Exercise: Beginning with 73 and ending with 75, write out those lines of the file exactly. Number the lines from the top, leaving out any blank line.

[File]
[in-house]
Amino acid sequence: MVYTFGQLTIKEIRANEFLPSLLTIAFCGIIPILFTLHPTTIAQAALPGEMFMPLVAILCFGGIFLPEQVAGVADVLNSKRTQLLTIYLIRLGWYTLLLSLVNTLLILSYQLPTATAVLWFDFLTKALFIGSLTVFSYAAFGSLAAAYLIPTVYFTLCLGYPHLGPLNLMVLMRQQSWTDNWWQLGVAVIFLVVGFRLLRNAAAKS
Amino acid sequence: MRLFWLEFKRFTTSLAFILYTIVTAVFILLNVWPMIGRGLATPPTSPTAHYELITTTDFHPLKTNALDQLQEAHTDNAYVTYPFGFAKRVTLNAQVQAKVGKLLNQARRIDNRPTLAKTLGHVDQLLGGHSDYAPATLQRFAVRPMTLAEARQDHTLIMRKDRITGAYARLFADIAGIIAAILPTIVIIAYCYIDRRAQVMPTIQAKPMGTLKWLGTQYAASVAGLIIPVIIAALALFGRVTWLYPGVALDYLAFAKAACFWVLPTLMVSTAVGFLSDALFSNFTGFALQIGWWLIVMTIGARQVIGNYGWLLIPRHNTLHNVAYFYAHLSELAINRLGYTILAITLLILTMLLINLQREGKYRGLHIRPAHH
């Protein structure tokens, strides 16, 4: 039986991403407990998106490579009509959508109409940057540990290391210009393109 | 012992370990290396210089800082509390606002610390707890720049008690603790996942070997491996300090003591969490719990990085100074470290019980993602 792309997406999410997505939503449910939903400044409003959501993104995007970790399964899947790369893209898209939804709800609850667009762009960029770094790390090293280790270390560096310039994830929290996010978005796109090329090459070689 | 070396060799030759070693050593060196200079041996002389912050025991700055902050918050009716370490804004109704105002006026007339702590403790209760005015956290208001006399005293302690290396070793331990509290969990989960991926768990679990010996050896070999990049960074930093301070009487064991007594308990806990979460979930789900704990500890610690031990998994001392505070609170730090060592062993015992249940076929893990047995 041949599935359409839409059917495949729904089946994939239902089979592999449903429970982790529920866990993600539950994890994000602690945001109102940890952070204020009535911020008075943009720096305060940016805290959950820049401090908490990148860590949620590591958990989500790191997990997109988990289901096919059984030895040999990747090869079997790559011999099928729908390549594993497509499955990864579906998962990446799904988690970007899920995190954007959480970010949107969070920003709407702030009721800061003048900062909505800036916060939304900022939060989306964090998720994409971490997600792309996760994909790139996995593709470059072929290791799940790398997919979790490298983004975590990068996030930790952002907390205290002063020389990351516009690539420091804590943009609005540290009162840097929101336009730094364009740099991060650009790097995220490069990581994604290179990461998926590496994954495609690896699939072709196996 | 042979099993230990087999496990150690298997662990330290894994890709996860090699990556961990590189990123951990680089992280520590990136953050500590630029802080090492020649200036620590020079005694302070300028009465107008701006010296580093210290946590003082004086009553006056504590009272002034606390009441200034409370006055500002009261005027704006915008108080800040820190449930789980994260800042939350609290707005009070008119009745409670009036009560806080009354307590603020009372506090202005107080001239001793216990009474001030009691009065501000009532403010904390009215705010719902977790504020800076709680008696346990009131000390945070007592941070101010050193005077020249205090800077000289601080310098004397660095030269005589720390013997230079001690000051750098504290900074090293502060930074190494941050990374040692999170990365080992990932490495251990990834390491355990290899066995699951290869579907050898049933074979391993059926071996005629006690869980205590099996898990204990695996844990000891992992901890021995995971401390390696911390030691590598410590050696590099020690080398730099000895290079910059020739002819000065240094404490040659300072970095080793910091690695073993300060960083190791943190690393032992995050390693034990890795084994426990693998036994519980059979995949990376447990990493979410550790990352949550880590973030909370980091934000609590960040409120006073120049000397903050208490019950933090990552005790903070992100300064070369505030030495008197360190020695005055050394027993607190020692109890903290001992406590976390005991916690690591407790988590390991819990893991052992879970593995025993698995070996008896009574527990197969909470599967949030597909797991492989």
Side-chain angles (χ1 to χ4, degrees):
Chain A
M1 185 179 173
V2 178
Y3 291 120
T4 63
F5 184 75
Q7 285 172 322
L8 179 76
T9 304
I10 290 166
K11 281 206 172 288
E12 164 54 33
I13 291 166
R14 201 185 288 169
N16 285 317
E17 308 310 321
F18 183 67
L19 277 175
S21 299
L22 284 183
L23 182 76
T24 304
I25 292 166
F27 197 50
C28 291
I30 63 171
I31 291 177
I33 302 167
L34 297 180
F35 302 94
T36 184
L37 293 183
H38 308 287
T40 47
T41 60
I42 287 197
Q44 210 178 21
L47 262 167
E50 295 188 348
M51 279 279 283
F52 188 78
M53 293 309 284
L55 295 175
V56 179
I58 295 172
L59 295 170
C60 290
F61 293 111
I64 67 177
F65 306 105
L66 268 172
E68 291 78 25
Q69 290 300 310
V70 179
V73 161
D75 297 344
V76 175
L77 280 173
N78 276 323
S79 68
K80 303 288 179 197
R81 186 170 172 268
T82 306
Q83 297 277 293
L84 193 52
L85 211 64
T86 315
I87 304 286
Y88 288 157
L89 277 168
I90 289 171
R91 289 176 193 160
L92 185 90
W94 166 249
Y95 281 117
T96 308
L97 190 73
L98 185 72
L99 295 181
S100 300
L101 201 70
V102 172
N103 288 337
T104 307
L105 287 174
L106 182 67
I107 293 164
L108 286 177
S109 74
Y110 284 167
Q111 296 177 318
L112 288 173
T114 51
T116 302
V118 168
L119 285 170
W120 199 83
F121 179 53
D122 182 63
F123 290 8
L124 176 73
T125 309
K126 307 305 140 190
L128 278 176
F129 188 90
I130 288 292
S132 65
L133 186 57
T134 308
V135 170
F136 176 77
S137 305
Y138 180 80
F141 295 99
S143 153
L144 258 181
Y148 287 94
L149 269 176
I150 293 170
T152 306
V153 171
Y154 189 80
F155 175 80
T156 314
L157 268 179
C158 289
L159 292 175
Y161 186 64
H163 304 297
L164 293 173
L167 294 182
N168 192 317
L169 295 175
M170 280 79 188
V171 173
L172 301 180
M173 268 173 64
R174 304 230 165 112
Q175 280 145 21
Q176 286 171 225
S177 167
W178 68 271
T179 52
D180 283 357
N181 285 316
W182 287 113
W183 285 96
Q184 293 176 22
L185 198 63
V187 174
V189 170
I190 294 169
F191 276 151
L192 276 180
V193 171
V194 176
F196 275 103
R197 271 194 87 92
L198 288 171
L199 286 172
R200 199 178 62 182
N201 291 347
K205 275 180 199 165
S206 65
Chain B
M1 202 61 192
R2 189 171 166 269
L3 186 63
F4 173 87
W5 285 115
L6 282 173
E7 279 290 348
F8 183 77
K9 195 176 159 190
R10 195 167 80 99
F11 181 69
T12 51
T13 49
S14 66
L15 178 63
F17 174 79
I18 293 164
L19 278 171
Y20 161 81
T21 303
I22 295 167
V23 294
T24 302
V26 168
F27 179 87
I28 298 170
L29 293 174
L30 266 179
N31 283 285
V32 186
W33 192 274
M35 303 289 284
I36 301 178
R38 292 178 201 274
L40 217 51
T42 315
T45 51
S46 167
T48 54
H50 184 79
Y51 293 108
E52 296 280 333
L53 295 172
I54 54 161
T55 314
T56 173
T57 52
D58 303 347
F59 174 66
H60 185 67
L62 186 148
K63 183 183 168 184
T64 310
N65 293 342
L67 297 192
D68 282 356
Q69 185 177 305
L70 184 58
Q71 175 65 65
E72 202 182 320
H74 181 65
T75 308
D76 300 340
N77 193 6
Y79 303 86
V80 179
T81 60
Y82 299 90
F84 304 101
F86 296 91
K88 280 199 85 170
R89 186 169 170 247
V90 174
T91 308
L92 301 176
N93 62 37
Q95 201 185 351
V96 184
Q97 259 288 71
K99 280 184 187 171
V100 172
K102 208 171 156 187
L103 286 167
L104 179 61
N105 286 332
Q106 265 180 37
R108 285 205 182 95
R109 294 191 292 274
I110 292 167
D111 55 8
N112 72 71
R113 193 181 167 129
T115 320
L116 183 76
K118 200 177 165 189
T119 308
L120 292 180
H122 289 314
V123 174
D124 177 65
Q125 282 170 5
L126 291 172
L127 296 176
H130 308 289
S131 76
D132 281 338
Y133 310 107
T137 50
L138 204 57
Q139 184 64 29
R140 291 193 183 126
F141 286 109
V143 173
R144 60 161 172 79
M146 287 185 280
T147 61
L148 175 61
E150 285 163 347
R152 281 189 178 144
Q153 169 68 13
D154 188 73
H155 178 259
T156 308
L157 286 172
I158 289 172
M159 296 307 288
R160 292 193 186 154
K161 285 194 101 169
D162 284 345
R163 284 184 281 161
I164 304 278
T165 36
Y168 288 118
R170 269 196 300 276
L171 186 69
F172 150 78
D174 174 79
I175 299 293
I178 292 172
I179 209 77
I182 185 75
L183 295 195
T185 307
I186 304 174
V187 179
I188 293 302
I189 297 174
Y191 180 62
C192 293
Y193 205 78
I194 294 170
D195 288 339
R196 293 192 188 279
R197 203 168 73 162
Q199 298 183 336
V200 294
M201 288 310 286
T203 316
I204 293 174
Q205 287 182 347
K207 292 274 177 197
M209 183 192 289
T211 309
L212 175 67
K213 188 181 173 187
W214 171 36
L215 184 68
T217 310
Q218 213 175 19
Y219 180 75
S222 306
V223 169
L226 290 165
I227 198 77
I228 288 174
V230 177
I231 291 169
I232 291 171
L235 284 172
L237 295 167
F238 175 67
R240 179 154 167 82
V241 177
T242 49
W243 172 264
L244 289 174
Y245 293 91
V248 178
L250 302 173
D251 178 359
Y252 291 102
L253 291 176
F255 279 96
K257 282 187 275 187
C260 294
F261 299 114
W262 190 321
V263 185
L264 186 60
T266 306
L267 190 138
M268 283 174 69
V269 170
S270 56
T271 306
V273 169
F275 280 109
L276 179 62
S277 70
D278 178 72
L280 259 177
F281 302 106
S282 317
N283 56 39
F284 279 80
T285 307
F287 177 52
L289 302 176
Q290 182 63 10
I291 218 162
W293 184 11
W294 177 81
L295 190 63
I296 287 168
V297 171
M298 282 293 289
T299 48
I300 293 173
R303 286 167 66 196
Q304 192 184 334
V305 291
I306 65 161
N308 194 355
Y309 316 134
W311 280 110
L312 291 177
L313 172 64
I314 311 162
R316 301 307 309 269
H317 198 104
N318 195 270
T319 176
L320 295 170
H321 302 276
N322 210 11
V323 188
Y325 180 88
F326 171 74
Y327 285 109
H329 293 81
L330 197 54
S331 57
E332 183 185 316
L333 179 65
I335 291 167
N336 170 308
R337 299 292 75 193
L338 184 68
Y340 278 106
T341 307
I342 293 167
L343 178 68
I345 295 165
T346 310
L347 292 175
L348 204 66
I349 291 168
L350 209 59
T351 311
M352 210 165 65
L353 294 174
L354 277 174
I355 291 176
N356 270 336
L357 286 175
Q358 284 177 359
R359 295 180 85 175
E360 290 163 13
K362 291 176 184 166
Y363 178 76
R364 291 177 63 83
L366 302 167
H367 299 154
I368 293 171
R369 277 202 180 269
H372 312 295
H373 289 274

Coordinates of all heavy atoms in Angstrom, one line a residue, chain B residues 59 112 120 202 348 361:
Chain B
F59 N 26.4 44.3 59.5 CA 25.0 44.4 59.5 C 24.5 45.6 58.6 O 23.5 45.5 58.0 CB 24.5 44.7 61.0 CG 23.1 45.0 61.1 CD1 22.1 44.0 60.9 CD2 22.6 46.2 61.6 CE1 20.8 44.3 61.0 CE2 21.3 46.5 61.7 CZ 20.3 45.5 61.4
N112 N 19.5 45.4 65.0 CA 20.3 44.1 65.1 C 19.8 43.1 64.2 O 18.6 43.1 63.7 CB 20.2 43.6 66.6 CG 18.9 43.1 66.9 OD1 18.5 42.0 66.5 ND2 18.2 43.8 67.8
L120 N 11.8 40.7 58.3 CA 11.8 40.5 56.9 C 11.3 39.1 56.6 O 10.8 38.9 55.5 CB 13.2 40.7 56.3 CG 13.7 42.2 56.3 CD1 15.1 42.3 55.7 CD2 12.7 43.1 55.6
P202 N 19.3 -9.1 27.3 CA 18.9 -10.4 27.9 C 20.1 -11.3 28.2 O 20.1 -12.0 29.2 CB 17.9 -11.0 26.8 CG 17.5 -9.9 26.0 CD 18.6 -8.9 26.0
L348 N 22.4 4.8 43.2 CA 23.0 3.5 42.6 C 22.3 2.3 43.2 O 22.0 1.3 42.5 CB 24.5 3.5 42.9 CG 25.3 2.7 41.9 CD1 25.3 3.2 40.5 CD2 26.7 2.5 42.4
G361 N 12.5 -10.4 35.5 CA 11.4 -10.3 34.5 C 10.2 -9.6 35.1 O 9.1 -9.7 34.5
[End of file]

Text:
I87 304 286
Y88 288 157
L89 277 168